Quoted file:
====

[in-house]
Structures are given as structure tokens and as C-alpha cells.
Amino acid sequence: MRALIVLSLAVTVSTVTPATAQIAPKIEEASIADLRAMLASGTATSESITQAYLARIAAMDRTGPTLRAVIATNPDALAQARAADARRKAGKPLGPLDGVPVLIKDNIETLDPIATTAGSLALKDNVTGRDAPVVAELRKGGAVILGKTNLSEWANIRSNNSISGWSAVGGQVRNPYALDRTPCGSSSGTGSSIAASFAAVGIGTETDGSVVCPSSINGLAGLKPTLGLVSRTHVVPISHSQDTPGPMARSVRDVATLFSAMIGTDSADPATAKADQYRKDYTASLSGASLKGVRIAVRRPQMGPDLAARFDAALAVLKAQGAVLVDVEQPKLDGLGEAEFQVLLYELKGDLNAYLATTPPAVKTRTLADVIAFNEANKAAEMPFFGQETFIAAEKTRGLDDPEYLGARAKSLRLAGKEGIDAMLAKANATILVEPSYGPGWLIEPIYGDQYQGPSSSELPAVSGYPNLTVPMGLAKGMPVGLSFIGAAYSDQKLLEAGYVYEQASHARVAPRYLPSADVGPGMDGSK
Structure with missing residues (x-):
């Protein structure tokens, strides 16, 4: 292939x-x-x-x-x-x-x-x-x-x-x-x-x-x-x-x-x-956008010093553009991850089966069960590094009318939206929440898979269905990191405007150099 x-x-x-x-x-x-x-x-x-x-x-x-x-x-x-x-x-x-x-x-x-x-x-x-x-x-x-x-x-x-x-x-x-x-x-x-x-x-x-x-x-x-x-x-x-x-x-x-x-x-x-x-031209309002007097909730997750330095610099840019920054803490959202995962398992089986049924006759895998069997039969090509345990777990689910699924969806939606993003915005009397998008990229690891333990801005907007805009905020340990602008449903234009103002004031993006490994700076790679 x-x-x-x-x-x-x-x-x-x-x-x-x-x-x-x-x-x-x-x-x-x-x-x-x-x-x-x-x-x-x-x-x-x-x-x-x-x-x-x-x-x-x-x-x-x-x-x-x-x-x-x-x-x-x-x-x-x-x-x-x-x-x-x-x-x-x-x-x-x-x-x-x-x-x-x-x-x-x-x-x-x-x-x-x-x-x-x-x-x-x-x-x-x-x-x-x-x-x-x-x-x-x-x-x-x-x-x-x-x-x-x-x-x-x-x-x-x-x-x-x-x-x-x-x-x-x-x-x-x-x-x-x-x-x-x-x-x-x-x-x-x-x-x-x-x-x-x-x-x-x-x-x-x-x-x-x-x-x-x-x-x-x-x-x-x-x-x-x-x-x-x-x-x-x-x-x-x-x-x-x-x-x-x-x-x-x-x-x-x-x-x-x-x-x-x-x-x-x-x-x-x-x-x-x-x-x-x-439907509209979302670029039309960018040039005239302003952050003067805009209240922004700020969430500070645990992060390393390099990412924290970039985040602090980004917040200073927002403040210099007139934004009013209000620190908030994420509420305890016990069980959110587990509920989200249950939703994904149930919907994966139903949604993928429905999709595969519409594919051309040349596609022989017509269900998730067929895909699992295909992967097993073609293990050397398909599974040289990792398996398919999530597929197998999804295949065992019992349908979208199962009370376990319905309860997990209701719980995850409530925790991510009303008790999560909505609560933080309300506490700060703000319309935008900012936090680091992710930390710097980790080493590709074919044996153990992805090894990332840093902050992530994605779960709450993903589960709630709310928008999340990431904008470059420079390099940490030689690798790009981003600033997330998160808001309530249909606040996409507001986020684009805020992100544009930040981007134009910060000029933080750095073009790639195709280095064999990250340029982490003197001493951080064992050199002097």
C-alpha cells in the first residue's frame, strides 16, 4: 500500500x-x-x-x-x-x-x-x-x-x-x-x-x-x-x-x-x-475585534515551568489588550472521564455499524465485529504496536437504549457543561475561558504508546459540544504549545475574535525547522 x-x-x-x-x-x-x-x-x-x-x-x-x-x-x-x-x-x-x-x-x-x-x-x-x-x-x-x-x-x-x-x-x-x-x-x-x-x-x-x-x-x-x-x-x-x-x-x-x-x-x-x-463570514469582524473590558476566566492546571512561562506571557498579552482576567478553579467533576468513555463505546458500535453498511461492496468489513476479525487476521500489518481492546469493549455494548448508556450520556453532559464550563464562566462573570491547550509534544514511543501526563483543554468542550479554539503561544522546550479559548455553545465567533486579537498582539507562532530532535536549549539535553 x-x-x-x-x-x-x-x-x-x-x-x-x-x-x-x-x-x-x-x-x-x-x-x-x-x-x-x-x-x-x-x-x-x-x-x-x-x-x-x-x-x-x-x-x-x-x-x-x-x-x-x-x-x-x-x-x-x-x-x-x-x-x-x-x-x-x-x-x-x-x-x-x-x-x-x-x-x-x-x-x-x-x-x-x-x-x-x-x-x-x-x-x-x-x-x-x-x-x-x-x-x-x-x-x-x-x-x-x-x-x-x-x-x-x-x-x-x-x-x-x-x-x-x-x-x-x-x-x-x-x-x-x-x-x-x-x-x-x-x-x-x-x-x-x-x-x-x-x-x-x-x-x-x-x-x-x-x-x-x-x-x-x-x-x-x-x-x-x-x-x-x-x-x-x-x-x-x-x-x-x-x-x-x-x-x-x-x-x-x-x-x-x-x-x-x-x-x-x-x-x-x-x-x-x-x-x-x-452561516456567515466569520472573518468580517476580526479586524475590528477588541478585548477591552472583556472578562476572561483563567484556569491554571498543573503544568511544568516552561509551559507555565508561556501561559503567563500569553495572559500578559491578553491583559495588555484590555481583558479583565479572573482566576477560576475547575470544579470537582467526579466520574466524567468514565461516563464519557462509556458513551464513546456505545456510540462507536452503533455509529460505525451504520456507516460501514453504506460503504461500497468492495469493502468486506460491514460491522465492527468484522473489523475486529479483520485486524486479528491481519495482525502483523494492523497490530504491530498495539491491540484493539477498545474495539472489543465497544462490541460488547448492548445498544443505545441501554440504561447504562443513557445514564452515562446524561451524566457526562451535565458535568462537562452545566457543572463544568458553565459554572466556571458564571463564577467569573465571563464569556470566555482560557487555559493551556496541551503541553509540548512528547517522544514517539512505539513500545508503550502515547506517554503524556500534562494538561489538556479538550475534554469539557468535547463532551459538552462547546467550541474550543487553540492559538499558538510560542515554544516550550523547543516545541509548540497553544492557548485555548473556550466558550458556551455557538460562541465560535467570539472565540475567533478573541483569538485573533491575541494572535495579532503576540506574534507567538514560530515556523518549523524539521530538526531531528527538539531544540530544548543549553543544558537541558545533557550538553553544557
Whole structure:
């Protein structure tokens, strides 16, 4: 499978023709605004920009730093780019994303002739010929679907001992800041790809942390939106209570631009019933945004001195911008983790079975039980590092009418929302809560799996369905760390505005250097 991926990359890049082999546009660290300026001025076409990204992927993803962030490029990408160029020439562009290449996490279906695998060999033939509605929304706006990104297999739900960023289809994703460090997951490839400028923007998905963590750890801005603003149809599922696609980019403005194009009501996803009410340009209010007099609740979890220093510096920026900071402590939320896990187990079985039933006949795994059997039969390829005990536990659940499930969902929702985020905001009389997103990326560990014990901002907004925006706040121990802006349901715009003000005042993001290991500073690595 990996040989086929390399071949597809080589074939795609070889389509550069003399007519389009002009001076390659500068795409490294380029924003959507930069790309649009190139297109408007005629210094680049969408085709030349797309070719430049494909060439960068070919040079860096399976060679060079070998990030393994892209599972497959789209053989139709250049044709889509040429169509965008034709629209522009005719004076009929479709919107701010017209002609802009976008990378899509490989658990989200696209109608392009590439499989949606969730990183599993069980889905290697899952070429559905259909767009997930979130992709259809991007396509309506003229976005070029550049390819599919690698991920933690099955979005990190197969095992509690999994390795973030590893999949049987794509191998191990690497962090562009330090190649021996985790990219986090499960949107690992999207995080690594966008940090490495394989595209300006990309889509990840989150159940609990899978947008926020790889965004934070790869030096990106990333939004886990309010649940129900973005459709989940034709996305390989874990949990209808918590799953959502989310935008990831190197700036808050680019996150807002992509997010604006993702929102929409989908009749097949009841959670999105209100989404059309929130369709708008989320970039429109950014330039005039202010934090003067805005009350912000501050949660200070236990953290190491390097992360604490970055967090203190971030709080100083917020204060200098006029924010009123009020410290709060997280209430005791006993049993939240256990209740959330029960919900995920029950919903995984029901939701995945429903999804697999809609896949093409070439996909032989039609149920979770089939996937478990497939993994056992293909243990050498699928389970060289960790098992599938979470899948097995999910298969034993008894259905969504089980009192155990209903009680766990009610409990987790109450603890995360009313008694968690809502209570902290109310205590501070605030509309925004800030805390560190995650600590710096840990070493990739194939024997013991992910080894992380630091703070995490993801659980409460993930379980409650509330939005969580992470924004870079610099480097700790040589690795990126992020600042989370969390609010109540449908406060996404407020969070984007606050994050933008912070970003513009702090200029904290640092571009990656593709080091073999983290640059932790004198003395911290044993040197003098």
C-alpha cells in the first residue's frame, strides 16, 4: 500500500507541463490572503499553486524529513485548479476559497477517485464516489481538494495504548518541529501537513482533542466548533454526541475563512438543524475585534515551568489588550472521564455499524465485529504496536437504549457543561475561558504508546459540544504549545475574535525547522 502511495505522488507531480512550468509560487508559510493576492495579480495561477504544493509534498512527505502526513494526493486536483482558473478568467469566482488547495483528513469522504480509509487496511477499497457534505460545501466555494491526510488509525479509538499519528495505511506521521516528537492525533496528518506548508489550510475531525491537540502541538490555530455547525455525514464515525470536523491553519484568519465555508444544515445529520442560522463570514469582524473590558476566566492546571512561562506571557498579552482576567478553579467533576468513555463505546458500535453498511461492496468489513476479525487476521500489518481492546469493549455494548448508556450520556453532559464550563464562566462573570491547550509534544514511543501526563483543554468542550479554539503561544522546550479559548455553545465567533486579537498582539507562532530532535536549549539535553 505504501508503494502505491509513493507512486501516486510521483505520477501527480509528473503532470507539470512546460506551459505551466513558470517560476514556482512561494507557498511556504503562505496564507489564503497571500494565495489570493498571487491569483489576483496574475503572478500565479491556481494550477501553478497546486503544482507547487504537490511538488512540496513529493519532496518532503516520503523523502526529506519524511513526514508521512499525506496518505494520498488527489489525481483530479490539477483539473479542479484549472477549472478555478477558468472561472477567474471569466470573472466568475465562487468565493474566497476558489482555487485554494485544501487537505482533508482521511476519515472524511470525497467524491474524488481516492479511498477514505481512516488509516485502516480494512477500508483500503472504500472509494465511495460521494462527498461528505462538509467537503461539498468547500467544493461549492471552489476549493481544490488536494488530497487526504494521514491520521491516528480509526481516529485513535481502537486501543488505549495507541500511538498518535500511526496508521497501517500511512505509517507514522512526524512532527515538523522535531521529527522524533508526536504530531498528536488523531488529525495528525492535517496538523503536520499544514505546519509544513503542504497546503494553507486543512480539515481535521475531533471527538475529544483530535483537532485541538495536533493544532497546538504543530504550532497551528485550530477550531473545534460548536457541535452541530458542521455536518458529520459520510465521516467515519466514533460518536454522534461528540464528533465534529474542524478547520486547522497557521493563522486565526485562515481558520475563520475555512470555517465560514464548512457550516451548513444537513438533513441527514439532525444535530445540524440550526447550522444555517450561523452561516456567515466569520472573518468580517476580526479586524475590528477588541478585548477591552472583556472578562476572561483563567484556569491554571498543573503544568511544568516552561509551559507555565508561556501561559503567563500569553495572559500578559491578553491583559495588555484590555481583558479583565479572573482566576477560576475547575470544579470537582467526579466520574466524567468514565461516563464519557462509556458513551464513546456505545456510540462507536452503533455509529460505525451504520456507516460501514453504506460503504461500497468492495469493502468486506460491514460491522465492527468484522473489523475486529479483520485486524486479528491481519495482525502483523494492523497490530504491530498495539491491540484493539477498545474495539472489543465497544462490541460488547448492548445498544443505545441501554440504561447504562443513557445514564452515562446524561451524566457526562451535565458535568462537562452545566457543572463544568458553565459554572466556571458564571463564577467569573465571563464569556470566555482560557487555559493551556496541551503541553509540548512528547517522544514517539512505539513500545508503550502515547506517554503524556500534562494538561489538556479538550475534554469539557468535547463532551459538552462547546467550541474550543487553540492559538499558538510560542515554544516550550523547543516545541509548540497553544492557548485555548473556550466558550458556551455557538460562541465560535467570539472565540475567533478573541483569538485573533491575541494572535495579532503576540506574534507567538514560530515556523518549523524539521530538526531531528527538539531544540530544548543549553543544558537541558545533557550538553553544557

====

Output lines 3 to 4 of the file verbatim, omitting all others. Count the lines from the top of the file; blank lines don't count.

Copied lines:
Amino acid sequence: MRALIVLSLAVTVSTVTPATAQIAPKIEEASIADLRAMLASGTATSESITQAYLARIAAMDRTGPTLRAVIATNPDALAQARAADARRKAGKPLGPLDGVPVLIKDNIETLDPIATTAGSLALKDNVTGRDAPVVAELRKGGAVILGKTNLSEWANIRSNNSISGWSAVGGQVRNPYALDRTPCGSSSGTGSSIAASFAAVGIGTETDGSVVCPSSINGLAGLKPTLGLVSRTHVVPISHSQDTPGPMARSVRDVATLFSAMIGTDSADPATAKADQYRKDYTASLSGASLKGVRIAVRRPQMGPDLAARFDAALAVLKAQGAVLVDVEQPKLDGLGEAEFQVLLYELKGDLNAYLATTPPAVKTRTLADVIAFNEANKAAEMPFFGQETFIAAEKTRGLDDPEYLGARAKSLRLAGKEGIDAMLAKANATILVEPSYGPGWLIEPIYGDQYQGPSSSELPAVSGYPNLTVPMGLAKGMPVGLSFIGAAYSDQKLLEAGYVYEQASHARVAPRYLPSADVGPGMDGSK
Structure with missing residues (x-):